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Comment: Watching video of a drone killing innocents... (Score 1, Interesting) 391

by Mojo66 (#47727085) Attached to: UK Police Warn Sharing James Foley Killing Video Is a Crime

By their definition, wouldn't be watching a video of a US drone killing innocent people, which happens regularly since years, be a crime as well? I don't know whether such a video actually exists, but I would be curious if media would broadcast it. I'm assuming here, or course, that we accept drone strikes as a form of governmental terrorism.

Over the years, hundreds of civilians have been killed by drone strikes, has this ever been picked up media in a similar way as this incident has been? Maybe media regard drone strikes as a form of terrorism and consider broadcasting it a crime as well...

Comment: Re:And what's better? (Score 1) 200

by Mojo66 (#47049879) Attached to: China Bans Government Purchases of Windows 8

I've submitted this story as well, even before the OP (not that I'm bitter....), and with additional information regarding China's plans:

Apart from purchase restrictions for central government offices, China will focus on the development of its own OS based on Linux, a move which An Yang, a security expert with Qihoo 360 Technology, said was a necessity although progress has been disappointing. There are several Linux-based OS developed by Chinese companies, such as KylinOS and StartOS, but they have not proved popular. An said the first step is to promote the use of Chinese-designed OS among official users, while their popularity among civilian users will be subject to market forces.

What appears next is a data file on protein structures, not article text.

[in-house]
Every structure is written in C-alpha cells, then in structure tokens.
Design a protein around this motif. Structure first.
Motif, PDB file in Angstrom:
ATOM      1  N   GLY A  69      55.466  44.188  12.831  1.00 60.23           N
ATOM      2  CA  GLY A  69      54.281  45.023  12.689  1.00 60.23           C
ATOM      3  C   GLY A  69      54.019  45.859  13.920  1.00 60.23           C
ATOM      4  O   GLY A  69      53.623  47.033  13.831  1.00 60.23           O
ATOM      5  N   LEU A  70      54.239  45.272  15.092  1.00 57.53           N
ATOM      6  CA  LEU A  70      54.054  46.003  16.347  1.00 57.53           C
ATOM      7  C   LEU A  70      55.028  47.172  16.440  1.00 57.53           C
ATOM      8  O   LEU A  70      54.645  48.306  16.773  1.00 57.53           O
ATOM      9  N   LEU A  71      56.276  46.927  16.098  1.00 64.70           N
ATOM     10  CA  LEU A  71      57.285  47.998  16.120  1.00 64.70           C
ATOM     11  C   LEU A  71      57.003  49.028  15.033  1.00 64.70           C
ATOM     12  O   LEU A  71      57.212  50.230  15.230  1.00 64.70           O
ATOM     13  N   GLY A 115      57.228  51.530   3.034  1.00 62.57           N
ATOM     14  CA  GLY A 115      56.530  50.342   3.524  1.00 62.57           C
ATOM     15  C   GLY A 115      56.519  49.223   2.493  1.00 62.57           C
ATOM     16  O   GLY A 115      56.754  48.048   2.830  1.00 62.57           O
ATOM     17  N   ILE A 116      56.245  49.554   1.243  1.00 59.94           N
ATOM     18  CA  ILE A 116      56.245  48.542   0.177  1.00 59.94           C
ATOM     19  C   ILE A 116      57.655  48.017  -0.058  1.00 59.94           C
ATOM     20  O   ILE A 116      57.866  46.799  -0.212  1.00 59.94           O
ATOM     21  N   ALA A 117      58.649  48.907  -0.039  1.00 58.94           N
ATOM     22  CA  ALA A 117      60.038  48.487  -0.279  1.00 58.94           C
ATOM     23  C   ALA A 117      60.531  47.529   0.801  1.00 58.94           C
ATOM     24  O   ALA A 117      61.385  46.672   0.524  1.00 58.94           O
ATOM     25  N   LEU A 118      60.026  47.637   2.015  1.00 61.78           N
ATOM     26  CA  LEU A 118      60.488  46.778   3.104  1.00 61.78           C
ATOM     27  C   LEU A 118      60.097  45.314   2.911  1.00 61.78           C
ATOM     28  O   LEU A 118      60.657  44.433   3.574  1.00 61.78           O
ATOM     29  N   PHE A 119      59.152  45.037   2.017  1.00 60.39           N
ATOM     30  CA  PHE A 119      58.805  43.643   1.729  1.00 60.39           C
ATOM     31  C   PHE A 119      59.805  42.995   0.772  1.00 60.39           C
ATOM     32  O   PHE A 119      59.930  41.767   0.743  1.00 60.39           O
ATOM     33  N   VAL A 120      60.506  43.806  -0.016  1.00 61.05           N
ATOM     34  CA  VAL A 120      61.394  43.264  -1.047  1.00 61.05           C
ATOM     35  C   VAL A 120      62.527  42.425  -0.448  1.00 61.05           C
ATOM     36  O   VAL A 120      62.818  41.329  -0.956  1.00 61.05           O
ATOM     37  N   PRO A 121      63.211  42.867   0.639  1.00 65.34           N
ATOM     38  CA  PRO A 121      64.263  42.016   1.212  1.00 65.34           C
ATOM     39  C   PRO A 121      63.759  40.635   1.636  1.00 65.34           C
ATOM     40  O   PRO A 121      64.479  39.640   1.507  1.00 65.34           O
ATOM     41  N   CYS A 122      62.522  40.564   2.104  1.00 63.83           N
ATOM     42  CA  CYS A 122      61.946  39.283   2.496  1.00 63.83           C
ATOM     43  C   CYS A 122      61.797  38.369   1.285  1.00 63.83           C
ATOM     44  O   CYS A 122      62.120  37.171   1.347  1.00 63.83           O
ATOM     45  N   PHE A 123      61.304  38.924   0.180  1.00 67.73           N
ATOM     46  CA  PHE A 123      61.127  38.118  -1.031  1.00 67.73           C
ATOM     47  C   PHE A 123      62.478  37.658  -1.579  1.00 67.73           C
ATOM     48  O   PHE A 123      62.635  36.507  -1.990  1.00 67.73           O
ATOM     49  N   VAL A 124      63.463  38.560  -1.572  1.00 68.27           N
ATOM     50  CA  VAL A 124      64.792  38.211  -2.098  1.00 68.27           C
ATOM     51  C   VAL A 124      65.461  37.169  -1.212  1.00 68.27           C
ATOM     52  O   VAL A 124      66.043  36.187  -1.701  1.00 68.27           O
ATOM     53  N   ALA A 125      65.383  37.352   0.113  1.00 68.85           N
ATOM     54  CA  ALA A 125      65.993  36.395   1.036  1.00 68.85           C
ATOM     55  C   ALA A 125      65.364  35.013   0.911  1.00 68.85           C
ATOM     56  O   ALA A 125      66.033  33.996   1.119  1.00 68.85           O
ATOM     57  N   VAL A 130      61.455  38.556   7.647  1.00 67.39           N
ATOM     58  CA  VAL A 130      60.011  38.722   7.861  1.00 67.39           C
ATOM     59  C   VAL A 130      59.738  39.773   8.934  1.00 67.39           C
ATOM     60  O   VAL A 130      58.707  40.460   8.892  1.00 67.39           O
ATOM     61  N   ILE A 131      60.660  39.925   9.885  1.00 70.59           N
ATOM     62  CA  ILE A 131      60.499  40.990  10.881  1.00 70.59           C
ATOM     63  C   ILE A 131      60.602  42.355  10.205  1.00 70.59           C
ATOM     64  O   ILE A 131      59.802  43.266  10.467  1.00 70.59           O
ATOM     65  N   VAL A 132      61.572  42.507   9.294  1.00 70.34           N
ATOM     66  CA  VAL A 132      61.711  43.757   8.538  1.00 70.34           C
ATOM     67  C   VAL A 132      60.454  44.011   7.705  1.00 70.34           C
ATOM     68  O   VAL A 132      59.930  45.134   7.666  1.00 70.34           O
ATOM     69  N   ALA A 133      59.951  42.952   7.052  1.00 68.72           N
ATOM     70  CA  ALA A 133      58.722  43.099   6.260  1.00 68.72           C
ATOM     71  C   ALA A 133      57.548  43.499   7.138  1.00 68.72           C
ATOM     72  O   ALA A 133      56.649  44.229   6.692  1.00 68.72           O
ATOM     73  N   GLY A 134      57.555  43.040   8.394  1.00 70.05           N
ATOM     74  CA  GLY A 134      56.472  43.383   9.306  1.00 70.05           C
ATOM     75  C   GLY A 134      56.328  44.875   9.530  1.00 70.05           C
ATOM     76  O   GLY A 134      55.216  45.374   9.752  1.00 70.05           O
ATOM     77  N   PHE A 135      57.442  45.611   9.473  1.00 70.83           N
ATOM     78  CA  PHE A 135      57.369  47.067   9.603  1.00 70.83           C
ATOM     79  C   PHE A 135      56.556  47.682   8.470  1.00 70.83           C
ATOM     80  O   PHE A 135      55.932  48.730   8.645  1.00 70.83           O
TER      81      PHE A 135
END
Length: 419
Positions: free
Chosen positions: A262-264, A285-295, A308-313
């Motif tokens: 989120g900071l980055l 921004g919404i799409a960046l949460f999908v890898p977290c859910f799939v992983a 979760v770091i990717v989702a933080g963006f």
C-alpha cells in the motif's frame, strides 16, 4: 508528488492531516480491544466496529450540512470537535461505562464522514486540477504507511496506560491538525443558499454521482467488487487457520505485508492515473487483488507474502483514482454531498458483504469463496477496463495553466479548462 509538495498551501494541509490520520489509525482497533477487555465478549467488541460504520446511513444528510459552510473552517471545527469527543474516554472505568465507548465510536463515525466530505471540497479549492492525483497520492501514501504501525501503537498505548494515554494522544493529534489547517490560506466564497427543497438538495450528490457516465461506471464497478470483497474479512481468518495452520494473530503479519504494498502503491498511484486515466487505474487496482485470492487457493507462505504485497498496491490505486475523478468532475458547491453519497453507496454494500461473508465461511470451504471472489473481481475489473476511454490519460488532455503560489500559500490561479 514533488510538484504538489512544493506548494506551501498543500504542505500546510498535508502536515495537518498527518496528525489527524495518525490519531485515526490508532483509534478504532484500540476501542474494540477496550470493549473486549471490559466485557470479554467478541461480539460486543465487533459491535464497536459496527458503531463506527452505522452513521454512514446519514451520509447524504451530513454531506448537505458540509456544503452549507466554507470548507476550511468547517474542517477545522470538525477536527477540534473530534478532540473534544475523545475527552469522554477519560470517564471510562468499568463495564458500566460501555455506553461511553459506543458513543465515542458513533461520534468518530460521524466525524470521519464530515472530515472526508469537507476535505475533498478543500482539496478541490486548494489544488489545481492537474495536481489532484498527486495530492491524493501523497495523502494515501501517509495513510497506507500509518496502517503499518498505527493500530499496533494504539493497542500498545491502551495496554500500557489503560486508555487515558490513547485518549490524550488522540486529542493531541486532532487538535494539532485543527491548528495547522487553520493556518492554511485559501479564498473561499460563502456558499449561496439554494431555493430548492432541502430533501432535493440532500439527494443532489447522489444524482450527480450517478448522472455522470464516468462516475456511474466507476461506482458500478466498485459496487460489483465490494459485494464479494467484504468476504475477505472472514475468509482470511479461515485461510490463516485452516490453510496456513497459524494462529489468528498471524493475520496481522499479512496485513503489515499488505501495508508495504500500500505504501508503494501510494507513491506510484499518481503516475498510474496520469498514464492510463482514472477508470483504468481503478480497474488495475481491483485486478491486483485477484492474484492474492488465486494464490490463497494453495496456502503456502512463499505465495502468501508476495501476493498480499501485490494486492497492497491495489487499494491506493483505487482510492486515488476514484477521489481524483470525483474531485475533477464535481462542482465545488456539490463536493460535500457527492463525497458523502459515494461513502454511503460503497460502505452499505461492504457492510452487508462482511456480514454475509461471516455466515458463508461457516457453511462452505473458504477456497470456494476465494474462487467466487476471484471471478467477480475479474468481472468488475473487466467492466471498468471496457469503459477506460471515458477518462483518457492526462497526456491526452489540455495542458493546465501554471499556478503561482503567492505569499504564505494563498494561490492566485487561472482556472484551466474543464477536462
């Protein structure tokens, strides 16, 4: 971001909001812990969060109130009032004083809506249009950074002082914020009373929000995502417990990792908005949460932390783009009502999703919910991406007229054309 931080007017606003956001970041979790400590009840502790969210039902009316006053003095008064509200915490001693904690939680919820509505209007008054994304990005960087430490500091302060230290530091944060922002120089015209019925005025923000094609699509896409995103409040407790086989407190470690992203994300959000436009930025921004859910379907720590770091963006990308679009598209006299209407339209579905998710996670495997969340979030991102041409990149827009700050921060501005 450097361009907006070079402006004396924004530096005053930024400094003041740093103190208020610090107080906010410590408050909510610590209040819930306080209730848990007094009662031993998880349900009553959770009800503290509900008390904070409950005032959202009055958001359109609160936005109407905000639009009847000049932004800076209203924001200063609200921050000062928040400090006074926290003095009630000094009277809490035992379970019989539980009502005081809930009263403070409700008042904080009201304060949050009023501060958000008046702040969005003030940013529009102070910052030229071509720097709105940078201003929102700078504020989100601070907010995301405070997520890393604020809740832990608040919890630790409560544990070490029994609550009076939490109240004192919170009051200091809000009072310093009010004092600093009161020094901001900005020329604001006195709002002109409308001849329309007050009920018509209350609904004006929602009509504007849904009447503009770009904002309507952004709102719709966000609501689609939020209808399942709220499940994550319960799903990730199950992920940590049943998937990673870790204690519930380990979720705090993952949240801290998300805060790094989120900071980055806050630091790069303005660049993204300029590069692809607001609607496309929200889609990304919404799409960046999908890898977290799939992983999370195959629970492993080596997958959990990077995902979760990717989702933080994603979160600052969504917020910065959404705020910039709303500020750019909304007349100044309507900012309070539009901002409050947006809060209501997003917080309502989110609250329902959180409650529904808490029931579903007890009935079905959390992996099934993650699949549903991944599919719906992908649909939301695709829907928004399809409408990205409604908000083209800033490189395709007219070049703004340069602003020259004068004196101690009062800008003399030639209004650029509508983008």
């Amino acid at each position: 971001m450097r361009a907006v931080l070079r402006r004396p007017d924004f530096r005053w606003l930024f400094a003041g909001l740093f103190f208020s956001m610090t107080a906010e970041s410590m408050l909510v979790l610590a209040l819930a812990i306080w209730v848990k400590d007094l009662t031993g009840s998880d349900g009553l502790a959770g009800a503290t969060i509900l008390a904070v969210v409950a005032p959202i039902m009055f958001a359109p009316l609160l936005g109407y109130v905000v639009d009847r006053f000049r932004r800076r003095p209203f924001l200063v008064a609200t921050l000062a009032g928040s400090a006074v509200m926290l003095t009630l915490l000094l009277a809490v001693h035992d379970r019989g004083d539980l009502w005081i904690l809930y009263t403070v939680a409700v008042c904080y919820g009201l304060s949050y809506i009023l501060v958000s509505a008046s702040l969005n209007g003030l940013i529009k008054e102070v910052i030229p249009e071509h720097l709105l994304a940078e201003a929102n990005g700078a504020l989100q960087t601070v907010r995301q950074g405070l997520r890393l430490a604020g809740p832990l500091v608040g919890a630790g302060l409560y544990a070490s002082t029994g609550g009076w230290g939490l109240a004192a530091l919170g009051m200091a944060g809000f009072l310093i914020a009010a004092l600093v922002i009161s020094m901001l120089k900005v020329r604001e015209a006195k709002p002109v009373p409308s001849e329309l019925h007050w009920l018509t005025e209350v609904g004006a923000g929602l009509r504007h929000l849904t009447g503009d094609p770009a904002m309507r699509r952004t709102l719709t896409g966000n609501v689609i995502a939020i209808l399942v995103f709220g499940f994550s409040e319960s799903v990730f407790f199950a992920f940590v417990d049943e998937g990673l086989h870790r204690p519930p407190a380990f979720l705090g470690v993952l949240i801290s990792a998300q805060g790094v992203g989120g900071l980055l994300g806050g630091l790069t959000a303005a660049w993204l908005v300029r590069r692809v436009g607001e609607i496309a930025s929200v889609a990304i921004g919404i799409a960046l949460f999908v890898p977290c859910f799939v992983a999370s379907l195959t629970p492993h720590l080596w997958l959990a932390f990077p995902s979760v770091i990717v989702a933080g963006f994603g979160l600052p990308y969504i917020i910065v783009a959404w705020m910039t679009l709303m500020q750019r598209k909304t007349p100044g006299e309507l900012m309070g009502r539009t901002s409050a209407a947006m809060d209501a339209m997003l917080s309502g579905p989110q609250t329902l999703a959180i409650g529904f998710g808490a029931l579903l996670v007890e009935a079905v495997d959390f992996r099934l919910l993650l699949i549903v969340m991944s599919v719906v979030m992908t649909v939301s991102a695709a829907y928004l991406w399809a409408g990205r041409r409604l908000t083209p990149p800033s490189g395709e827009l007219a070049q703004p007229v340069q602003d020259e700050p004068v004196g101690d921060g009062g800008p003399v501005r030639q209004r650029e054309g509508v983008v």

HP recently announced shipping PCs with Kylin pre-installed, while there have been about 4 million downloads of the OS from the website so far.

+ - China excludes Windows 8 from new government computers,plans to migrate to Linux

Submitted by Mojo66
Mojo66 (1131579) writes "News.cn reports that China has announced that it will forbid the use of the Windows 8 operating system (OS) in new government computers, a move to ensure computer security after the shutdown of Windows XP. The Chinese government obviously cannot ignore the risks of running OS without guaranteed technical support. It has moved to avoid the awkwardness of being confronted with a similar situation again in future if it continues to purchase computers with foreign OS. Apart from purchase restrictions for central government offices, China will focus on the development of its own OS based on Linux, a move which An Yang, a security expert with Qihoo 360 Technology, said was a necessity although progress has been disappointing. There are several Linux-based OS developed by Chinese companies, such as KylinOS and StartOS, but they have not proved popular. An said the first step is to promote the use of Chinese-designed OS among official users, while their popularity among civilian users will be subject to market forces.
HP recently announced shipping PCs with Kylin pre-installed, while there have been about 4 million downloads of the OS from the website so far."

Comment: Re:Tomi Ahonen confirms it...Apple is dying (Score 1) 197

by Mojo66 (#46992447) Attached to: 7.1 Billion People, 7.1 Billion Mobile Phone Accounts Activated